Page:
On Set: Cuckoo

| February 6, 2012 | Comments (6)

Storyland is RTÉ Drama’s competition made up of eight series of competing webisodes. Each time a new webisode is published people vote for their favourite. The webisodes that get the most votes get commissioned to make the next episode. After four webisodes one series will emerge as the winner of Storyland 2012.

Peter White visited the set of Cuckoo, one of this year’s webisodes hoping to get commissioned. Cuckoo follows disaffected teenager Niamh Keegan, who feels like a spare part in her boring, staid family unit. A photo in the newspaper makes her question her identity.

On a breezy December afternoon, I make my way through the winding streets of Ranelagh following the directions to ‘the house with the big light outside.’ I can’t help thinking to myself that if this ‘big light’ is a streetlamp, my search may prove fruitless. To my delight, I turn a corner to find a great big spotlight on the path pointed directly at a bedroom window. This must be the place.

Cuckoo is a series of short webisodes (original episodes shown on the internet) and is one of the entries in the fourth season of the RTÉ Storyland series. The competition kicks off on February 13th, when each entry’s first episode will be available to view online. One team will be eliminated by public vote each round. The filming of subsequent episodes is dependent on Cuckoo’s success in each round, but judging by the talent involved in this production you’d have to fancy its chances.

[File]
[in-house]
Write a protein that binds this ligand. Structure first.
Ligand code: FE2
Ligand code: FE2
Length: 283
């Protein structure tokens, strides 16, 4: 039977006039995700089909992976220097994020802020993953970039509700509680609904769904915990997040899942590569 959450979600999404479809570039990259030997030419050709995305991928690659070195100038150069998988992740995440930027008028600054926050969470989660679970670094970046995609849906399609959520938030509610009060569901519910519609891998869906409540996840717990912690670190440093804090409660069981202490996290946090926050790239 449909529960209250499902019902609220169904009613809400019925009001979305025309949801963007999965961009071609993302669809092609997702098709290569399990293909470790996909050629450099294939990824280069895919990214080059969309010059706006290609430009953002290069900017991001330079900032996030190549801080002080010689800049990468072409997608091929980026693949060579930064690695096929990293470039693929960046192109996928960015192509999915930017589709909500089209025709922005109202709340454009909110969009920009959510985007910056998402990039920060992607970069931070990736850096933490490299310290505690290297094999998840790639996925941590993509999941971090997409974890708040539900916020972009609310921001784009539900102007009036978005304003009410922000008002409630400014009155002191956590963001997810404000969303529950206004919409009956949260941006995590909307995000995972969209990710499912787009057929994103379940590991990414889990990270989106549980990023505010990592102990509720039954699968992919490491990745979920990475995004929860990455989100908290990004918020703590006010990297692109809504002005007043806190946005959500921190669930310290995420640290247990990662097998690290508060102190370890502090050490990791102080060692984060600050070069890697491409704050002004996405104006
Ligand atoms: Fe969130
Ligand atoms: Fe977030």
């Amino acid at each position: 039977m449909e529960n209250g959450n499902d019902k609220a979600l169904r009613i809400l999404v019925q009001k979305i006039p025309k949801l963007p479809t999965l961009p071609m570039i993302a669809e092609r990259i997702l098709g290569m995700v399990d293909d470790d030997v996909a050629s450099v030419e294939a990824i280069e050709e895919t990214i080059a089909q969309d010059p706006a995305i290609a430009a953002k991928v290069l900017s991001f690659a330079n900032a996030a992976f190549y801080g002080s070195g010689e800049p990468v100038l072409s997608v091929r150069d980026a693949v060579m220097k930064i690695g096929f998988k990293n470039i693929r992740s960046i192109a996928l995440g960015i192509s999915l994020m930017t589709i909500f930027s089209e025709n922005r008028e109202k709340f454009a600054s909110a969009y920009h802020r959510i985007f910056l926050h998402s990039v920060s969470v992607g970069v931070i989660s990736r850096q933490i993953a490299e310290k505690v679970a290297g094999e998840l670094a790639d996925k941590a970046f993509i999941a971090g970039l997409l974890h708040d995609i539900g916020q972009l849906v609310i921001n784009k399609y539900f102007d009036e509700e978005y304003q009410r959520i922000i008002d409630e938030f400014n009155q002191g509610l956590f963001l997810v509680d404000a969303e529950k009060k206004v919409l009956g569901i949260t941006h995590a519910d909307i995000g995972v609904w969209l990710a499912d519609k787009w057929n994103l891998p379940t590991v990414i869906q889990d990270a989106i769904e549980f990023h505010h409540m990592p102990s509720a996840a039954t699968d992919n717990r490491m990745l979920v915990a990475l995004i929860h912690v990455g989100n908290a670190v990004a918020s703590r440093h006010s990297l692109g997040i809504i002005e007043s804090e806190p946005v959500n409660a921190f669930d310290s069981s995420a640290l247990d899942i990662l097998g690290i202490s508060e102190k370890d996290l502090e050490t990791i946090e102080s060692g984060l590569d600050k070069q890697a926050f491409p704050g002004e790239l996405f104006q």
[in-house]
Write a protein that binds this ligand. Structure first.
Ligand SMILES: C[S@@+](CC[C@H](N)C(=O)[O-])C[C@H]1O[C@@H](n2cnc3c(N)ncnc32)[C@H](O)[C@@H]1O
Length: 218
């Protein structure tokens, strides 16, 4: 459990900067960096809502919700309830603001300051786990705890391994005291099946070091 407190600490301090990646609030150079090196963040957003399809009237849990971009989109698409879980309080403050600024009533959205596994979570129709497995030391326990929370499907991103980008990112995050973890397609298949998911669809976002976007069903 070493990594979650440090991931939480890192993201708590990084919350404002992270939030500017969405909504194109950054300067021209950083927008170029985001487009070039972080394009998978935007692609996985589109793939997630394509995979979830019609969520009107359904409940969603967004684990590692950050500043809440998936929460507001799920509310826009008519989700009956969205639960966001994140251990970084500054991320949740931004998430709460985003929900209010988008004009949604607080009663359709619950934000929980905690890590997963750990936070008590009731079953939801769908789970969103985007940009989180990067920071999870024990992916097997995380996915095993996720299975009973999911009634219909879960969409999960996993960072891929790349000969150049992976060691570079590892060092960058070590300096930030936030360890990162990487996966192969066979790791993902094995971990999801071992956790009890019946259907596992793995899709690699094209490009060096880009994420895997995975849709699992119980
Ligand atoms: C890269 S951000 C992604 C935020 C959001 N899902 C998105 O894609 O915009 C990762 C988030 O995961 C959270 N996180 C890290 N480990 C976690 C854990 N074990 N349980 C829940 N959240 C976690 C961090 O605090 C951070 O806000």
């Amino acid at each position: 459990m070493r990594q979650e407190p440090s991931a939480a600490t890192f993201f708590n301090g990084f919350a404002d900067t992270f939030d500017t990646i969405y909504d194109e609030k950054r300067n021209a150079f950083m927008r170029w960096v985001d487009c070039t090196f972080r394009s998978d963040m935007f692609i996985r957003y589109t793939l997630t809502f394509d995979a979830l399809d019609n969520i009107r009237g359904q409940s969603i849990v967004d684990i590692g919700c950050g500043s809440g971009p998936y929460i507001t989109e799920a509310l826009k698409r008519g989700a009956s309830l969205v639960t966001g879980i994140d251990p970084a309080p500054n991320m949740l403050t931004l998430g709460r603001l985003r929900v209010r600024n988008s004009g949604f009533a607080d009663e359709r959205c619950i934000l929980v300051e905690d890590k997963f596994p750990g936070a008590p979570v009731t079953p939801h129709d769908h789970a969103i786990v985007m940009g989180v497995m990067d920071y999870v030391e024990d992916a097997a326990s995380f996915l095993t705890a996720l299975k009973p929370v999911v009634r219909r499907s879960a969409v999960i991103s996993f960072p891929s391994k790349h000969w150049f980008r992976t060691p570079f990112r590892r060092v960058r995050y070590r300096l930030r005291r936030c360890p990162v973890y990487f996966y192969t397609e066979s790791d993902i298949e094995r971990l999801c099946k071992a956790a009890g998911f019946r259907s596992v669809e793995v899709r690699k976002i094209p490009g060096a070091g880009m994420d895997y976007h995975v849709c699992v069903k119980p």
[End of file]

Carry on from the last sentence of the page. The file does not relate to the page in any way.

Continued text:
Cuckoo is directed by Danann Breathnach who has previous success with a number of short films (check out his excellent A Love Story… In Milk on Vimeo) as well as possessing a recognisable face courtesy of his time as an MTV presenter. And when that face is behind the camera he has a penchant for stylish flourishes, which should lend themselves nicely to the Cuckoo world of Niamh Keegan.

So who is Niamh Keegan? Niamh, played by Pagan McGrath, is a teenage girl who can’t relate to her parents and feels as if she doesn’t belong. Nothing unusual about that, but in Niamh’s case her feelings may be justified when a digitally aged photograph of a child abducted a decade earlier is printed in the newspaper. The image bears a striking resemblance to Niamh and she can’t help wondering if this is the cause of her sense of alienation. Over the course of four instalments Niamh sets out to investigate the startling similarities.

Pagan McGrath & Danann Breathnach

On set in a semi-detached house in Ranelagh feels remarkably like life with a teenage girl living under your roof. Whilst filming takes place upstairs, people are shouting downstairs for quiet, with the iron fist of the sound engineer swiftly quashing any racket. Movement between rooms for new scenes is accompanied by moments of deafening noise as hordes of people rush about upstairs carrying cables and equipment. Whilst McGrath is busy filming upstairs, downstairs is blessedly peaceful where we enjoy a nice cup of coffee wrapped in whispered conversation; very much like life with a teenager indeed.